The Press Democrat reported Thorne was fired, but department officials declined to confirm his termination at the time. The deputy was on a probationary period when he shocked a man in his bed with a stun gun and later hit him with a baton.

On Nov. 27, 2019, Bloomfield resident David Ward died when Deputy Charles Blount pulled him from his own car using a now-banned choke hold and another officer shot him with a stun gun. Essick quickly called publicly for Blount to be fired, but the deputy retired with his pension before being dismissed.

Sonoma County prosecutors brought criminal cases against both men but were unable to convince juries to find them guilty. The county paid a record $3.8 million settlement in the Ward case and $875,000 in the Del Valle case. Schwaiger litigated both cases on behalf of the victims’ families.

Local, state reactions to most recent shooting

The Santa Rosa Police Department launched a criminal investigation into the Peláez-Chavez shooting, as county protocol dictates. A decision by the California Attorney General’s Office not to look into the case has generated controversy.

Under Assembly Bill 1506, which became state law last year, the attorney general and the California Department of Justice are required to investigate deadly force by law enforcement officers against unarmed civilians.

The state AG’s Office announced it would not investigate the death of Peláez-Chavez and, in September, the Sonoma County District Attorney’s Office requested clarification on how the state agency reached its conclusion.

Also in September, the Community Advisory Council of Sonoma County’s Independent Office of Law Enforcement Review and Outreach — the Sheriff’s Office’s watchdog agency — issued a letter urging the AG’s Office to reconsider its refusal to investigate.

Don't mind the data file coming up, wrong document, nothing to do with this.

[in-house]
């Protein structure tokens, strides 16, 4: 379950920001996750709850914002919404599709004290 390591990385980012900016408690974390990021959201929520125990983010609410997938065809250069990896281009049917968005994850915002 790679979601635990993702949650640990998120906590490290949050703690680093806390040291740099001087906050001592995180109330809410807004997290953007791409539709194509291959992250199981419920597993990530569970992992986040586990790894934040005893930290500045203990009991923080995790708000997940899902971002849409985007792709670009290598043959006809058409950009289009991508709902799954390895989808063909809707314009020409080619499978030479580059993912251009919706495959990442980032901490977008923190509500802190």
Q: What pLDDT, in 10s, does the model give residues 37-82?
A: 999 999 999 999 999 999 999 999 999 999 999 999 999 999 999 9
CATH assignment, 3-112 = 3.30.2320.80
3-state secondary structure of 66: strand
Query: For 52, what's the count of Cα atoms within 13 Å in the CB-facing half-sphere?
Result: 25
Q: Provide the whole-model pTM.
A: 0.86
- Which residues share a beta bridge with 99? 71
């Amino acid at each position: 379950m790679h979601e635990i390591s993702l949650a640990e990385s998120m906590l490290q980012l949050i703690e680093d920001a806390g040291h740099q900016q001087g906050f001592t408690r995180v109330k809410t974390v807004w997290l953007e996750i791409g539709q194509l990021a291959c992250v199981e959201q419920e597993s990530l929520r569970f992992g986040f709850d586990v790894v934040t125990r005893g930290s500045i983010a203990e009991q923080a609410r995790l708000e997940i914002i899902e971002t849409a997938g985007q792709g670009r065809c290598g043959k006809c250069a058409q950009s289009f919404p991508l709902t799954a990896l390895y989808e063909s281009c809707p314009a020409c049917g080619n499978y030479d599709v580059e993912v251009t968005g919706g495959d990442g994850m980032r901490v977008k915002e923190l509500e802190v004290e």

Last month, Attorney General Rob Bonta told The Press Democrat his office would not investigate because Peláez-Chavez did not meet the definition of unarmed since he appeared to be picking up a rock when he was shot.

Assembly member Kevin McCarty, D-Sacramento, who sponsored AB 1506, told The Press Democrat he plans to bring a bill requiring the DOJ to investigate every law enforcement-related death statewide, regardless of whether it was a shooting death or whether the civilian was armed.

Community Advisory Council members have also lamented the status of Measure P, the measure voters approved in November 2020, which was designed to grant the county watchdog agency broad new powers to investigate allegations of wrongdoing involving the Sheriff’s Office.

It faced legal hurdles in the aftermath of its approval, but finally went into effect, unchallenged, in June when Sonoma County leaders and sheriff’s unions reached an agreement to allow it to move forward.

Critics say the current version of Measure P is watered down and, among other things, requires the watchdog agency to wait for the Sheriff’s Office to conduct its investigations into deputy actions before an independent investigation can take place.

You cna reach Staff Writer Colin Atagi at On Twitter @colin_atagi